The nature of the world is changing. And it seems like you either work with a realistic understanding of how things are different. Or you ignore reality and get swallowed up in the wave.
Tuesday, September 27, 2005
"I realized that my Islam of the ghetto was just a ghetto of Islam," Malik said. "There's a disconnect, a kind of phantasmagoria of Islam. The so-called reformers are trying to invent something in reaction to the West…. We have to put things in another context. Otherwise, we would be in the Middle Ages."
Last year, Malik published an autobiography titled "Allah Bless France!" It resembles to some extent "The Autobiography of Malcom X," a figure whose journey from crime to extremism to tolerance had a profound effect on Malik. The title offers an unabashedly patriotic response to a notorious extremist pamphlet titled "Allah Curse France."
"I'm black, I'm from the neighborhood, but I am French," Malik said. "And this is the country I love."
Monday, September 26, 2005
Download the song here
Read the lyrics here
Sunday, September 25, 2005
Saturday, September 24, 2005
If we begin with Genesis, we can note that after mentioning the heavens and earth and the dark formless void, the first thing specifically created by God's speech is light.
And God said, "Let there be light"; and there was light. And God saw that the light was good; and God separated the light from the darkness.
And some are tempted to think of this as referring to physical light, made up of photons, subject to Maxwell's equations on electricity and magnetism. Just as some insist that creation took six literal 24-hours days and that there were plants and water before there was a sun and moon (as described in Genesis). But if we assume that the Bible was intended as a book of spiritual and moral guidance instead of assuming it should be read as a science textbook, then maybe we can be encouraged to read the words a bit differently.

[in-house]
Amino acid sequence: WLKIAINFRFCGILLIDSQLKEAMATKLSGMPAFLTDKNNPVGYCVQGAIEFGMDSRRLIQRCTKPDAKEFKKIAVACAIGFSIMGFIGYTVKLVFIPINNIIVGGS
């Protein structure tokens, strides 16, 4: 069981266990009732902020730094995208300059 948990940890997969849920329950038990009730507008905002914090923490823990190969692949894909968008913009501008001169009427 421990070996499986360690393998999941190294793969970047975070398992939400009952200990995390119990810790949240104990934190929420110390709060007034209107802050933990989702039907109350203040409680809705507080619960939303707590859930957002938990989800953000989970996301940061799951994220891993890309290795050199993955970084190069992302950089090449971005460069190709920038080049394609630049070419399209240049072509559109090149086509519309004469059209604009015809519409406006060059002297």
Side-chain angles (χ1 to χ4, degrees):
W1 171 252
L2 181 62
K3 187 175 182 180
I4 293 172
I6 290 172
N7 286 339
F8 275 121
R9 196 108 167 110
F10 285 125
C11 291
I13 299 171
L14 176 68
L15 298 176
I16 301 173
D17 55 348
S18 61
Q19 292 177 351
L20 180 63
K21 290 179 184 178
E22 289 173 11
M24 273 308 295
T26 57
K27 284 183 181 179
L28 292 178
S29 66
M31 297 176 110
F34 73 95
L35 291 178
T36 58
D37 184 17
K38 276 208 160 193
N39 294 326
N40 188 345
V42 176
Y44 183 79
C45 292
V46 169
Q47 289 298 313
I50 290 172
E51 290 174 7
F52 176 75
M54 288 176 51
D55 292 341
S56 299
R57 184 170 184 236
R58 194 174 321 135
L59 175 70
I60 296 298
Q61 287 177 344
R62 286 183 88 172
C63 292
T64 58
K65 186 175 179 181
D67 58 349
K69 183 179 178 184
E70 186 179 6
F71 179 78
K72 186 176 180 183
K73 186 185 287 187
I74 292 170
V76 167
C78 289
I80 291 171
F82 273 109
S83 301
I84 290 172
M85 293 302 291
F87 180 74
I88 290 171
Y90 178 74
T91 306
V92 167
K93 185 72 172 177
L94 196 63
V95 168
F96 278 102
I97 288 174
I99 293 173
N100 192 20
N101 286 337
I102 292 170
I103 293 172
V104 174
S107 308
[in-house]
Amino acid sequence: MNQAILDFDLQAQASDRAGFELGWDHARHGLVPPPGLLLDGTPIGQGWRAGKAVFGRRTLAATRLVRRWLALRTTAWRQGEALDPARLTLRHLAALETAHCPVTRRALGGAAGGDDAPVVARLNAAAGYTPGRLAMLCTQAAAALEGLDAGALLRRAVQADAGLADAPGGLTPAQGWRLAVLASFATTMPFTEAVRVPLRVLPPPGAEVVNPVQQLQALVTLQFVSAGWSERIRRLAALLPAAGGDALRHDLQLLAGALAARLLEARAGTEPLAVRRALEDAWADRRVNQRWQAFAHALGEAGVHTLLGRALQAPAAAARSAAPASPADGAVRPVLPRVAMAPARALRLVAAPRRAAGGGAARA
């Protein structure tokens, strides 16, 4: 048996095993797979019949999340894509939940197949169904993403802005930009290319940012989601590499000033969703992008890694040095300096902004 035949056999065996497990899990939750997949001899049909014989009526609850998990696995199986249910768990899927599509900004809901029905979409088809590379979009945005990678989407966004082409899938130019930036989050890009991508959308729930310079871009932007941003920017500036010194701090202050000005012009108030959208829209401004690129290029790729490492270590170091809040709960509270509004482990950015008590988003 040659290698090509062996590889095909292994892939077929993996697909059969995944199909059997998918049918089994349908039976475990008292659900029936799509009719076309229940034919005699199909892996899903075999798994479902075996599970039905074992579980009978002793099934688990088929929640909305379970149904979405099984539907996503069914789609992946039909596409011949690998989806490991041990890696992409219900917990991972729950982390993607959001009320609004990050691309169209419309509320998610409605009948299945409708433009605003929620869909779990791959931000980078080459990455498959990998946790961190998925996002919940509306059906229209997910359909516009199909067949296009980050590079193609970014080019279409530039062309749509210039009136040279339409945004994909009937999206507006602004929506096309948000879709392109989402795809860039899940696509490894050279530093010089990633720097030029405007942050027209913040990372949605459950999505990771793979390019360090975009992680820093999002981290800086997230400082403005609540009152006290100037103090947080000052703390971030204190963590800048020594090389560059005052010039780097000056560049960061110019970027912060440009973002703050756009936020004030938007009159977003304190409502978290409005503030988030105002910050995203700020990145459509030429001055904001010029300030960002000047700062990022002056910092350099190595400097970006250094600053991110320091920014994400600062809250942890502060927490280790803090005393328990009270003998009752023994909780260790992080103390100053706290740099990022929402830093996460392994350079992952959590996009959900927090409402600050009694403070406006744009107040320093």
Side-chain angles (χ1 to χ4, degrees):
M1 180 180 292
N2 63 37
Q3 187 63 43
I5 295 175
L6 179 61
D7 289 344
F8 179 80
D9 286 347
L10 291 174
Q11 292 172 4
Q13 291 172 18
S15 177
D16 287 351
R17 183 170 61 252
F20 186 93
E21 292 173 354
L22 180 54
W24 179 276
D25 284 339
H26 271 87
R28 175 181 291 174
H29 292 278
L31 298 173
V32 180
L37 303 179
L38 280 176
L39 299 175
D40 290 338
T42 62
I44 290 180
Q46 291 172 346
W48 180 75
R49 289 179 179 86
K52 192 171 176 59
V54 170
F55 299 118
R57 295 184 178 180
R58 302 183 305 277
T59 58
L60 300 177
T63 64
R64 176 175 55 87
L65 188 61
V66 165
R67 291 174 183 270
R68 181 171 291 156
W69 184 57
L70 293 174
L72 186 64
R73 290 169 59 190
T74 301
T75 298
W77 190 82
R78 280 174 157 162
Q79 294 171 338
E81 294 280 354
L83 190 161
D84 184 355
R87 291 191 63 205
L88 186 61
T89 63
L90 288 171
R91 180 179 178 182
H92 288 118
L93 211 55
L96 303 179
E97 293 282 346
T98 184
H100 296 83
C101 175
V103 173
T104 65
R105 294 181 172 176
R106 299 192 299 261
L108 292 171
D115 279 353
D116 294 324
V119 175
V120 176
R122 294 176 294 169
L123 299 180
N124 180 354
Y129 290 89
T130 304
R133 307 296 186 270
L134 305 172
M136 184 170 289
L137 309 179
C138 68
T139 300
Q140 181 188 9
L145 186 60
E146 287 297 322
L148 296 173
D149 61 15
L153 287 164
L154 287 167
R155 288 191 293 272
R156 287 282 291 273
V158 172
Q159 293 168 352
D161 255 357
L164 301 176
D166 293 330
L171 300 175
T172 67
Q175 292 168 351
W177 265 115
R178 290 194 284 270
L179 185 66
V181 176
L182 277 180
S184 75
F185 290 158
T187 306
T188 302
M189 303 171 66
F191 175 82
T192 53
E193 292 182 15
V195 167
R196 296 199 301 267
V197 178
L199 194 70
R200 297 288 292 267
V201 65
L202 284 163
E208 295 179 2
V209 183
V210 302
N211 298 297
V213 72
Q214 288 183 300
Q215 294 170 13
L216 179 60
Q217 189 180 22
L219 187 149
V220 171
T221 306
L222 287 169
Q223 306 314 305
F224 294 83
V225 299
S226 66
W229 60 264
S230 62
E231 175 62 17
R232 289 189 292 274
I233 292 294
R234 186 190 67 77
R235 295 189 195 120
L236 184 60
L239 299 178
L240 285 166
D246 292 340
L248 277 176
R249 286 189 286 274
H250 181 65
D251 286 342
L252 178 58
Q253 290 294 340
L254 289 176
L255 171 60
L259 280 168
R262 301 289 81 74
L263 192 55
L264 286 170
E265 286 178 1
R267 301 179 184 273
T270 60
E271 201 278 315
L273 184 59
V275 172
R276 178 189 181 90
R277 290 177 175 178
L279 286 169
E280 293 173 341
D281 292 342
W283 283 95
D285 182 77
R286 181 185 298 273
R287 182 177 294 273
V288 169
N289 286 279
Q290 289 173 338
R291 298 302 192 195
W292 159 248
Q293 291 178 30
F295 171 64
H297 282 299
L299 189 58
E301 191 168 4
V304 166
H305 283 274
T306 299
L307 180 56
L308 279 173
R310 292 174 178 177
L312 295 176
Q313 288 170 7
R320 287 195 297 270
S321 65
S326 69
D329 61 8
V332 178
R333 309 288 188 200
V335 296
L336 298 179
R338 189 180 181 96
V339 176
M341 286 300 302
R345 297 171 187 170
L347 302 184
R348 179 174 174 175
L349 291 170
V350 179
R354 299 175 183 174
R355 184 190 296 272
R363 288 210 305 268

For comparison, we might want to consider another description of the origin of things. For example, in John's Gospel, chapter 1 we read:
In the beginning was the Word, and the Word was with God, and the Word was God. He was in the beginning with God; all things were made through him, and without him was not anything made that was made. In him was life, and the life was the light of men. The light shines in the darkness, and the darkness has not overcome it. [...] The true light that enlightens every man was coming into the world. He was in the world, and the world was made through him, yet the world knew him not. (John 1:1-5,9-10)
So in both beginnings, in Genesis and in John's gospel we have God's "word" bringing light into existence. Only if we read further in John, it is clear that the "light" and the "word" referred to are identified with Jesus(as) himself. We will be coming back to this later.
Then, for a third example from the Bible we can consider the following passage on the personification of Wisdom, from Proverbs 8. This differs from the first two in that it is in the first person, from the perspective of Wisdom. But there are clear similarities in how the Word is described in John's gospel and how Wisdom describes herself here:
The LORD created me at the beginning of his work,
the first of his acts of old.
Ages ago I was set up, at the first,
before the beginning of the earth.
When there were no depths I was brought forth,
when there were no springs abounding with water.
Before the mountains had been shaped,
before the hills, I was brought forth;
before he had made the earth with its fields,
or the first of the dust of the world.
When he established the heavens, I was there,